Shares are vulnerable to a short-term correction.
But with inflation low, and as long as recession is not imminent, it makes sense that traditional valuations like PEs are higher than their long-term average.
Similarly, it makes sense that property yields are lower than normal, but the fall in Australian housing yields has been extreme relative to commercial property & shares.
Key things to watch out for are recession and much higher inflation
Share markets are at or around record levels despite lots of worries, particularly around the coronavirus (Covid-19) outbreak. A common concern is that this is because central banks (like the Fed and the RBA) are distorting market forces and just want higher asset prices. And flowing from this its argued that prices for assets like shares and property are overvalued, record highs are artificial, and a crash is inevitable. Markets are at risk of a short-term correction given the large gains since the last greater than 5% correction into August and given the risks around Covid-19. But beyond this it’s a lot more complicated than the bears would have it.
Central banks really just responding to market forces...
There is some truth to the claim that central banks want higher asset prices. Higher asset prices are part of the transmission mechanism for monetary easing to the economy because they boost wealth and this helps boost spending. As former Fed Chair Alan Greenspan said in 2010 “a stock market rally may be the best economic stimulus”. But it’s not quite that simple:
…lower inflation equals higher PEs (and lower yields)
The next chart shows the ratio of share prices to consensus expectations for earnings over the next 12 months, which is often referred to as forward PEs. As can be seen, these are now above their long-term averages in the US and Australia, although US and global PEs are still well below tech boom extremes.
Source: Thomson Reuters, AMP Capital
However, the next chart shows the long-term relationship between inflation on the horizontal axis and the price to earnings ratio on the vertical axis. The PE tends to move higher as inflation falls, although its less clear once inflation falls into deflation. And right now we have very low inflation of just below 2% globally.
Source: Bloomberg, AMP Capital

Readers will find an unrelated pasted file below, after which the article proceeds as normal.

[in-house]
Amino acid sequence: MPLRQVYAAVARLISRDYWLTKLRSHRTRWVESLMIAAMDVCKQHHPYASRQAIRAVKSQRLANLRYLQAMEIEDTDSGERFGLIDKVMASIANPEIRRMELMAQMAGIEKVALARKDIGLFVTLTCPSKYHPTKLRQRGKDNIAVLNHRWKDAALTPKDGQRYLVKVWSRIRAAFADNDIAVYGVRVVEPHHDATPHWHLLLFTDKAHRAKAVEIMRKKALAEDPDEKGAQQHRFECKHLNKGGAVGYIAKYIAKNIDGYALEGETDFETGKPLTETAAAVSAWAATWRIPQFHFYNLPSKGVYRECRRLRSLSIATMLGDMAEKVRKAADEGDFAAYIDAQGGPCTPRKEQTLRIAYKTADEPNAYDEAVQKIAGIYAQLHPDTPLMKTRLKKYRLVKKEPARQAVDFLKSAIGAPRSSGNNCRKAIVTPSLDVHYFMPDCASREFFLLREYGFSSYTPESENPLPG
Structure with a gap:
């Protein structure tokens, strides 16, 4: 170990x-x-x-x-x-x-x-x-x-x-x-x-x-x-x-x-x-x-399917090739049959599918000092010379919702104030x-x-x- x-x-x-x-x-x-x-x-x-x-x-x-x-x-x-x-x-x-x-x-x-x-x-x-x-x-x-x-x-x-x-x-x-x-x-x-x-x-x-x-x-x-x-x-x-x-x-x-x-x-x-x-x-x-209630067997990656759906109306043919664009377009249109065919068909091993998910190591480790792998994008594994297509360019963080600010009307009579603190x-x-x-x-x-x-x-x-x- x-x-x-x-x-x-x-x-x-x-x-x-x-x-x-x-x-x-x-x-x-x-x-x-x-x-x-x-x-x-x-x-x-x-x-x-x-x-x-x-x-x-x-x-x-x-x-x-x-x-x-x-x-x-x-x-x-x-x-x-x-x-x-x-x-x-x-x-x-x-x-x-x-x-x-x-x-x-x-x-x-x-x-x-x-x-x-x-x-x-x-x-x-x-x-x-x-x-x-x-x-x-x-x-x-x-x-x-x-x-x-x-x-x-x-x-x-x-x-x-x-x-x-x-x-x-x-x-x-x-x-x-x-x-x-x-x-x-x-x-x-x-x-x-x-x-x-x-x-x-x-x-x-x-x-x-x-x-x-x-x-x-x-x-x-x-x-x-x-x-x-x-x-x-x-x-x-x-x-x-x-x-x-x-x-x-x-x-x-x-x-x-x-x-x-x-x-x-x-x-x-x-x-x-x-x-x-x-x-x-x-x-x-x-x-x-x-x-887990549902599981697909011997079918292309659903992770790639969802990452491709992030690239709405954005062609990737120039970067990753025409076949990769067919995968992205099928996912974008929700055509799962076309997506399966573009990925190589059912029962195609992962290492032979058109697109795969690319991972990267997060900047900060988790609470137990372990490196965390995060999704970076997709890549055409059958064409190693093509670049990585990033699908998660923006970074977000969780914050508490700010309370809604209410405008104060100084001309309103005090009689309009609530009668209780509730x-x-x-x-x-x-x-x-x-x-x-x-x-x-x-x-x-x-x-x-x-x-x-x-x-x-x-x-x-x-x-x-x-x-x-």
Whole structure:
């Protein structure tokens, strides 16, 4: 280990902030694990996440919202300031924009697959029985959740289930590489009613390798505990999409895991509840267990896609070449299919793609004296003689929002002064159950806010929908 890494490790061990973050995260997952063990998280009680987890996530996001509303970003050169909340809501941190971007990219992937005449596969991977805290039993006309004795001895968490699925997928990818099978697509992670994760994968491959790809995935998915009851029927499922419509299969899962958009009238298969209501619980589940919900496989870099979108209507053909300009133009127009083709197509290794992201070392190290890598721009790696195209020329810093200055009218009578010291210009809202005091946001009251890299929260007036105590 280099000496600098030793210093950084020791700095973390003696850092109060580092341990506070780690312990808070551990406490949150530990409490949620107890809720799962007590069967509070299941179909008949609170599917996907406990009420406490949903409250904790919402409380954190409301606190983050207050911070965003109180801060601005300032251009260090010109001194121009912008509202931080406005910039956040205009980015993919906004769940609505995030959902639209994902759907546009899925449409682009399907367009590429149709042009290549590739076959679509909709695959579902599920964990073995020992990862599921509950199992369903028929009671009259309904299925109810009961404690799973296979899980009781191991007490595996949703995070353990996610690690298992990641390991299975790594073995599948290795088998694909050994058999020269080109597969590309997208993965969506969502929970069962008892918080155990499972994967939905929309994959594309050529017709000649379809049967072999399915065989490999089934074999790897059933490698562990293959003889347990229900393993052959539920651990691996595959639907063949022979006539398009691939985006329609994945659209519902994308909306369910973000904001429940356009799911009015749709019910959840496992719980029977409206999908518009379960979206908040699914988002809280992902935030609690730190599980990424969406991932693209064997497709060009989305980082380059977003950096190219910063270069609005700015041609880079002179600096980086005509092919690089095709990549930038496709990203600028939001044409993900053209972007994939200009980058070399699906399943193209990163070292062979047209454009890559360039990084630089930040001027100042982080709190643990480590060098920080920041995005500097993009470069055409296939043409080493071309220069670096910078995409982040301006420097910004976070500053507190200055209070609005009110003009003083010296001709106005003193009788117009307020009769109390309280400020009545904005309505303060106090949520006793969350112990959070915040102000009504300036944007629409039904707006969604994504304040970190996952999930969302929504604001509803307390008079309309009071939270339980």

The equity risk premium remains okay
So, while share markets may be around record levels and price to earnings multiples are relatively high there is some rational for this given that it’s a low inflation and low interest rate world. And the longer inflation remains down its conceivable that the higher PEs may go. How high is impossible to know for sure. But as a result, it makes sense to look at share market valuations that allow this. The next chart subtracts the 10-year bond yield for the US and Australia from their earnings yields (using forward earnings). This basically gives a sort of proxy for the equity risk premium – the higher the better. While this gap is well down from its post GFC highs, it’s still reasonable, suggesting shares are still more attractive than bonds. Of course, this will change if bond yields rise, but as we have seen in recent years this is taking a long while to eventuate with various events including trade wars and the coronavirus outbreak conspiring to keep yields low.
Source: Thomson Reuters, AMP Capital
Basically, the same applies in relation to property and other assets in that lower inflation drives higher valuations for them too. This is evident in lower rental yields (or capitalisation rates) as lower inflation and interest rates pushes up the price relative to rents that investors are prepared to buy property at. This has certainly happened in Australian property markets with rental yields falling sharply since the 1980s and 1990s. This is particularly the case for residential property to the point that it is overvalued on some measures, with a shortage of dwellings relative to underlying demand enabling this to be perpetuated (but that’s a whole other issue beyond the scope of this note!). If the rental yield is inverted and expressed as a PE it would have risen to around 20 times for high quality commercial property but to a whopping 50 times for residential property, compared to around 12 times for both in the early 1980s and compared to around 18 times for shares. This would suggest residential property remains relatively expensive!
Source: REIA, JLL, Bloomberg, AMP Capital
So, what’s the catch?
DR SHANE OLIVER
HEAD OF INVESTMENT STRATEGY AND CHIEF ECONOMIST
About the Author
Dr Shane Oliver, Head of Investment Stratgey and Economics and Chief Economist at AMP Captial is responsible for AMP Captial's diversified investment funds. He also provides economic forecasts and analysis of key variables and issues affecting, or likely to affect, all asset markets.
THIS ARTICLE WAS RELEASE BY AMP CAPITAL 19 FEBRUARY 2020, FOR MORE AMP CAPITAL UPDATES GO TO WWW.AMPCAPITAL.COM.AU